Tuesday, June 28, 2005

Nazi War Crimes: Protecting the Perpetrators?

So-called "human rights activists" have placed their calls for the creation of an international criminal jurisdiction like the International Criminal Court (ICC) under the banner of bringing an "end to impunity" - namely for the perpetrators of war crimes and crimes against humanity. The supposed urgency of their appeals is frequently underscored by alleged analogies between current or fairly recent events and the crimes, more specifically, of Nazi Germany. These same activists are, however, curiously silent when it comes to the actual perpetrators of Nazi war crimes, many of whom are living out their days in a comfortable retirement in, among other places, Germany.

Last Wednesday, an Italian court in La Spezia, Tuscany found ten former members of the Waffen SS division “Reichsführer” guilty of mass murder for their roles in the massacre of some 560 residents of the village of Sant'Anna di Stazzema on 12 August 1944. 300 Waffen SS are supposed to have entered the village that day searching for Italian partisans. Some 80% of their victims, according to a report in the Neue Züricher Zeitung, consisted of women, children, and elderly, many of them killed by handgrenades tossed by the SS men into the buldings where the villagers were attempting to hide. The Austrian paper die Presse describes the following scene:
More than 130 people kneeling and praying with the pastor in the square in front of the church are shot. The Germans drag the wooden benches from the church, pile them on top of the corpses, pour gas on them and set them on fire.

The English-language press – many of whose most prominent representatives have been so quick to accuse others (notably, Serbs in the 1990s) of “Nazi-like” crimes – have virtually ignored the Italian court decision. (For an exception, see the Times of London here.)

The court sentenced the ten men to life-long imprisonment. But none of them will serve their sentences, since Germany refuses to extradite Nazi war criminals. This attitude is particularly notable when one considers that Germany recently passed a so-called International Criminal Code into German law that gives German courts the right to try suspects for war crimes and crimes against humanity no matter their nationality and no matter where their alleged crimes are supposed to have been committed. Even before the “International Criminal Code” was passed into law, German courts in fact already pursued several such cases – notably, against Bosnian Serbs – in the name of the so-called Principle of Universal Jurisdiction. And, as I have discussed at length here, German officials - in presenting Germany as the vanguard in the struggle against impunity for war criminals - militated for similar provisions to be included in the Rome Statute that created the International Criminal Court. The Italian court, by contrast and in conformity with the old-fashioned principle of territorial jurisdiction - the indispensable basis for any coherent system of international law in the customary sense of the term - was merely claiming to try the ten German men for crimes they committed precisely on Italian territory.

German Nazi war criminals seemingly have less to fear from the German courts than do alleged Serb war criminals. Since the announcement of the La Spezia judgment and presumably in response to the public pressure created by the latter, the Stuttgart district attorney’s office has announced that it too is now investigating nine of the ten SS men convicted by the Italian court - and has even thrown in five additional suspects for good measure. But as Gabriele Heineke, a German lawyer representing the Association of the Victims of Sant’Anna, has noted in an interview with the website German-Foreign-Policy.Com:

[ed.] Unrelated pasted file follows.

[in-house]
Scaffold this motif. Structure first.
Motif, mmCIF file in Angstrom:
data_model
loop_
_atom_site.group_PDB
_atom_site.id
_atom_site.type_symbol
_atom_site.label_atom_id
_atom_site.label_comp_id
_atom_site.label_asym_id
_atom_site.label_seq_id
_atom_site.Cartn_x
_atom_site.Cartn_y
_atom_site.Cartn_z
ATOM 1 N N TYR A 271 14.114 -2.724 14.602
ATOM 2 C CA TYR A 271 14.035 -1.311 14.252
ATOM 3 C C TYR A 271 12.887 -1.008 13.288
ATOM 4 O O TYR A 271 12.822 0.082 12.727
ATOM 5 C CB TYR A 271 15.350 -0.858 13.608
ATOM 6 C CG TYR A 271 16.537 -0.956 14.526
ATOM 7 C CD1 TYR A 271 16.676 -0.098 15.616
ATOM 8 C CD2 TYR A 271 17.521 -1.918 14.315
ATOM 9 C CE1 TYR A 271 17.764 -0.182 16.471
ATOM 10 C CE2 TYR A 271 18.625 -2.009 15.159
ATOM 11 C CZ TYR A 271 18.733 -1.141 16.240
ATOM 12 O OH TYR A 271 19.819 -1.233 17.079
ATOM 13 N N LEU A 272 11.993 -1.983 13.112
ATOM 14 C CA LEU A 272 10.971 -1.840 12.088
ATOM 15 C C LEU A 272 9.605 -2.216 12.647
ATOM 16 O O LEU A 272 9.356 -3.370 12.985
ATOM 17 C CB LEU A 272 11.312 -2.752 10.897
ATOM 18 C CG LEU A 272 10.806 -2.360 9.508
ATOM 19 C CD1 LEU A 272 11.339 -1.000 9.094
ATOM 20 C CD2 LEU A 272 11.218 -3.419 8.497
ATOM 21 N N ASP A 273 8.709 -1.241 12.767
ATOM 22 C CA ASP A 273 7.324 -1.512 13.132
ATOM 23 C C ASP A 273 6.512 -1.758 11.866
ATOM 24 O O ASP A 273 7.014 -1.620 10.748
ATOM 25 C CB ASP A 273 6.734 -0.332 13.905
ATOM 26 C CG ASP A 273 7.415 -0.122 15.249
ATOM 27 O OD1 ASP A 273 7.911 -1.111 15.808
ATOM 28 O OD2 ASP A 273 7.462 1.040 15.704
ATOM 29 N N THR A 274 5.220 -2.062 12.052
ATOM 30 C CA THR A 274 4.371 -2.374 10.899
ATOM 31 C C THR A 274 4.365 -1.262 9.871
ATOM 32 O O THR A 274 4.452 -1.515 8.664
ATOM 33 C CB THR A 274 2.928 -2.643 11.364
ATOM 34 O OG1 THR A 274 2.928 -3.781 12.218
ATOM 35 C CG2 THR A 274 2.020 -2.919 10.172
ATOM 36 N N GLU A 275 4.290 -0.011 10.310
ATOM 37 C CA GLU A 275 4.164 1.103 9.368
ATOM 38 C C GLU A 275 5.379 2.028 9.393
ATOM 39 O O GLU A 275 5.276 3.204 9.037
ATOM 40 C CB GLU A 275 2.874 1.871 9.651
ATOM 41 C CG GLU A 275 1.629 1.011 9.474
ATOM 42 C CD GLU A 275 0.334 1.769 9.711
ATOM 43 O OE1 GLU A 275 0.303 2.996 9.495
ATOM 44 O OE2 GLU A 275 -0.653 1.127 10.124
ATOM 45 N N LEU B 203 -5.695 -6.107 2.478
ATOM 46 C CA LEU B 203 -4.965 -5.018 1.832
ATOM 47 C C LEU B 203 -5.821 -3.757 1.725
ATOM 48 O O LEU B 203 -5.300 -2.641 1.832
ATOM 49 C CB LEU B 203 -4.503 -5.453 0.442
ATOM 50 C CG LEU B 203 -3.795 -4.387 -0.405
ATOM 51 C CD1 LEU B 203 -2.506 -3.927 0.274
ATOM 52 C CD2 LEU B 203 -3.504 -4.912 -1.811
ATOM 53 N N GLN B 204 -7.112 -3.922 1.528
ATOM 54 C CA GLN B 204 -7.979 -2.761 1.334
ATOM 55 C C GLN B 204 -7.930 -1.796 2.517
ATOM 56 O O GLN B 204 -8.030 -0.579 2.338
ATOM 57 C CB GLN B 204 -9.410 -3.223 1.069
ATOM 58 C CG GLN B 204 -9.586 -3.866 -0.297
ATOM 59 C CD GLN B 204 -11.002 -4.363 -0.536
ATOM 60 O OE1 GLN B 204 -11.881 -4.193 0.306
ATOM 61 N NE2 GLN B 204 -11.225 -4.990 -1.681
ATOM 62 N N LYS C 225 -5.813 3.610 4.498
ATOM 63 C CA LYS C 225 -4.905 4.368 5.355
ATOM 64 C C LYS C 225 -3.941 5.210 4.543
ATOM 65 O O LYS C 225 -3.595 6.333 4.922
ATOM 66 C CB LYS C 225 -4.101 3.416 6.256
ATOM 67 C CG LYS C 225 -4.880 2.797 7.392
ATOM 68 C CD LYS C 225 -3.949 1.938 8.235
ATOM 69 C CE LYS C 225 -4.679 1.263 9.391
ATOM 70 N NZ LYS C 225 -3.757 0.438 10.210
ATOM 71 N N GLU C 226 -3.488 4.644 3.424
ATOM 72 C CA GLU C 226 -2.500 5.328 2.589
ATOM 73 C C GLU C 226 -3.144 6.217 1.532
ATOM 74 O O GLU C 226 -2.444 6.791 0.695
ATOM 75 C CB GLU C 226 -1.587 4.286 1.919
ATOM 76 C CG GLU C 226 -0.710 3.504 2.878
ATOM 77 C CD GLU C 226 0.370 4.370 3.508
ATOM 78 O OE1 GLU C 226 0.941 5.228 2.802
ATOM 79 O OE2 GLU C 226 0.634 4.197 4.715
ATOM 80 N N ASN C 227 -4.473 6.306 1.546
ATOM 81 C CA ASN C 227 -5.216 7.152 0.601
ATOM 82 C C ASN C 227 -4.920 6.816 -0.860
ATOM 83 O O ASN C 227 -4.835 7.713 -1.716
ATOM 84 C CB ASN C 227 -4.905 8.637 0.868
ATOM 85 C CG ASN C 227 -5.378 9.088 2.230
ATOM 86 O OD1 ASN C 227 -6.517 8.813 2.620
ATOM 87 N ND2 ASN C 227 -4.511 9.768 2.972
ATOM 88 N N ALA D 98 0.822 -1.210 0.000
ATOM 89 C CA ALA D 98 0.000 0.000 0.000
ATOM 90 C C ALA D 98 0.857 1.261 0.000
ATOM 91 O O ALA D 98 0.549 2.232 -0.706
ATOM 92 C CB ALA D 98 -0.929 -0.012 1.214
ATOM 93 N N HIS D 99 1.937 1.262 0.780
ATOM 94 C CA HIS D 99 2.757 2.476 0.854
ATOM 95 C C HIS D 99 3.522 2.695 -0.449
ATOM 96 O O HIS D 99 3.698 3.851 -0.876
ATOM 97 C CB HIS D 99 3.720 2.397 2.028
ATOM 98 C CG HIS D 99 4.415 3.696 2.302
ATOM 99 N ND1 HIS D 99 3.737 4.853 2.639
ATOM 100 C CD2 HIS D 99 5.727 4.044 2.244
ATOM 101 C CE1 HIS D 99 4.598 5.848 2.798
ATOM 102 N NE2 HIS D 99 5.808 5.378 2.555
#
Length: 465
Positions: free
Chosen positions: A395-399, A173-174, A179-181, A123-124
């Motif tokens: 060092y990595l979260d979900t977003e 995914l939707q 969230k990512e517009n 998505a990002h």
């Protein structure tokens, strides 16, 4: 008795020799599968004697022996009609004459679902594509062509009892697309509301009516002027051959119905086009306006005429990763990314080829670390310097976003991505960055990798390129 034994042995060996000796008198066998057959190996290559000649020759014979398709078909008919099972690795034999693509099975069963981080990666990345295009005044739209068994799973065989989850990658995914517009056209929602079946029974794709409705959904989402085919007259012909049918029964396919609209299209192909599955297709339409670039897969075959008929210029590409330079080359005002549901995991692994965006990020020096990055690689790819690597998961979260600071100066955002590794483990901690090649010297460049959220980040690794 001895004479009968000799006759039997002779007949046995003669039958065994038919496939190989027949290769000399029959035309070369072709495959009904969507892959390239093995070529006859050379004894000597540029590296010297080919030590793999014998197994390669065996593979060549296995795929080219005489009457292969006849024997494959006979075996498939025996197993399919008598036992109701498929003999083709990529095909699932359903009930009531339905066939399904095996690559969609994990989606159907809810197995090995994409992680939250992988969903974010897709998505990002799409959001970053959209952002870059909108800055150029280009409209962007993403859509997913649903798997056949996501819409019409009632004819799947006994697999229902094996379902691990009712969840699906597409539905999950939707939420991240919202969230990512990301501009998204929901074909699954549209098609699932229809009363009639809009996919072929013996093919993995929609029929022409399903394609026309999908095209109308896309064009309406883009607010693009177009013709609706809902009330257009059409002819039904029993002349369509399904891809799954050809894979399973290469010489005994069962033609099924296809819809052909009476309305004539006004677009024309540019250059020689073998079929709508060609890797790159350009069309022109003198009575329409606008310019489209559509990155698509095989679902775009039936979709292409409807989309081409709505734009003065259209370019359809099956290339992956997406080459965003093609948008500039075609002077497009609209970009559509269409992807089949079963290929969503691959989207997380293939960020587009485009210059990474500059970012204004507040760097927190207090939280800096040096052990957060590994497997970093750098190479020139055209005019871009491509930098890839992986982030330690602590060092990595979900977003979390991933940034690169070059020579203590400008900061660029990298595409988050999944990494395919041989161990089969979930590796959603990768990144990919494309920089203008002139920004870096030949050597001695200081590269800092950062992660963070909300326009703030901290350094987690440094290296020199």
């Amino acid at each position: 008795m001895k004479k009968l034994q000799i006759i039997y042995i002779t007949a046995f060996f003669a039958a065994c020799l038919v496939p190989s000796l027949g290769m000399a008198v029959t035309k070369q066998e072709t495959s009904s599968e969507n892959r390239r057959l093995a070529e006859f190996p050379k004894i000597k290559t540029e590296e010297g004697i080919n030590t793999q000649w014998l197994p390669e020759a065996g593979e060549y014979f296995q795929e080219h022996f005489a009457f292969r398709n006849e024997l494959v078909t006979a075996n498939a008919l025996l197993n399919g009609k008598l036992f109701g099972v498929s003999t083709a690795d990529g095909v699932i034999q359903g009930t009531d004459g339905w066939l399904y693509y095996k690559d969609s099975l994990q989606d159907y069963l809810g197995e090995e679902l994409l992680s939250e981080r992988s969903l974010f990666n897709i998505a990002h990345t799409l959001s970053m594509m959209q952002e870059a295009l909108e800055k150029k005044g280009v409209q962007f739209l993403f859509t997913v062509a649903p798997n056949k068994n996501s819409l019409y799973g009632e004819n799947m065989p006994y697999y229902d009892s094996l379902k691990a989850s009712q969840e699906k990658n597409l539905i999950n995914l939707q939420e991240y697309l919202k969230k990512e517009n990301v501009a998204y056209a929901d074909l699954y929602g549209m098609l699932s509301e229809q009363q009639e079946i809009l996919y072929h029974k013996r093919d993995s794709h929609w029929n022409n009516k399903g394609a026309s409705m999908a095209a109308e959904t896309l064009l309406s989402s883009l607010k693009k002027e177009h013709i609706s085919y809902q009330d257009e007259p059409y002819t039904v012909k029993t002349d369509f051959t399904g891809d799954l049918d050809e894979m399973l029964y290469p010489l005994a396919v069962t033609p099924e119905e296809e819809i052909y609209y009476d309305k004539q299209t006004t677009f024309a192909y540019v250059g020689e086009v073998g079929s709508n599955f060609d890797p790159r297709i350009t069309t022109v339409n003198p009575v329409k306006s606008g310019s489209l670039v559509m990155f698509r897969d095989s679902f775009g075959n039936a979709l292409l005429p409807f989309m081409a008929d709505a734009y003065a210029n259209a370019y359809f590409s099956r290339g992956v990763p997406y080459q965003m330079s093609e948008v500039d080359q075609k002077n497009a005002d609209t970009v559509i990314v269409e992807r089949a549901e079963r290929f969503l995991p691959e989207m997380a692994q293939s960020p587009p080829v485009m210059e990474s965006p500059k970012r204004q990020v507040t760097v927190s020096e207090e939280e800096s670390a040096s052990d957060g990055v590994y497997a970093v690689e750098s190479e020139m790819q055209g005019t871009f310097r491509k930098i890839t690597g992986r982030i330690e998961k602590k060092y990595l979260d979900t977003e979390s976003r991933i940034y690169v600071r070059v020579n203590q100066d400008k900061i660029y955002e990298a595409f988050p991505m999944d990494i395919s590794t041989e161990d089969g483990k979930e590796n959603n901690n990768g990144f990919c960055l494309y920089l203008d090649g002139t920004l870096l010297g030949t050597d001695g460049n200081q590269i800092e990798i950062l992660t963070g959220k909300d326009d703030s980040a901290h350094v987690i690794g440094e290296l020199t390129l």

There is a real need to find out how it was possible that the perpetrators could live in Germany for 60 years without being bothered in the least. They did not even have to hide. Their names, I have to assume, can be found in any phonebook.

I noted above that advocates of the International Criminal Court and other supposed institutions of "International Criminal Justice" have sought to underscore the urgency of their cause by way of alleged analogies between current or recent events and Nazi war crimes and/or crimes against humanity. On closer inspection - as I have shown in detail here for the specific case of the Kosovo crisis - these supposed analogies frequently turn out to be wildly overdrawn and implausible. One crucial difference that needs to be kept in mind is that most recent cases of alleged widespread war crimes or crimes against humanity occurred, as in the former Yugoslavia, in the context of civil conflicts. Nazi war crimes and crimes against humanity occurred in the context of Nazi Germany's acts of aggression against and subsequent occupation of other states. This is very clearly laid out in the Nuremberg indictments, where the unleashing of wars of aggression is the principal charge against Nazi officials, under which all the other charges are subsumed. It is interesting to note that the states that are party to the ICC statute have not even been able to agree upon a legal definition of the international crime of aggression - and they do not appear to be in any particular hurry to do so.

The notable complacency with respect to actual Nazi war criminals displayed by "human rights activists" and international "opinion-makers" leads one to wonder whether the point of the increasingly shrill campaign in favor of "international criminal justice" is in fact to prevent the repetition of Nazi war crimes - as according to the publicity - and not rather to relativize them and/or exploit their memory for contemporary political ends.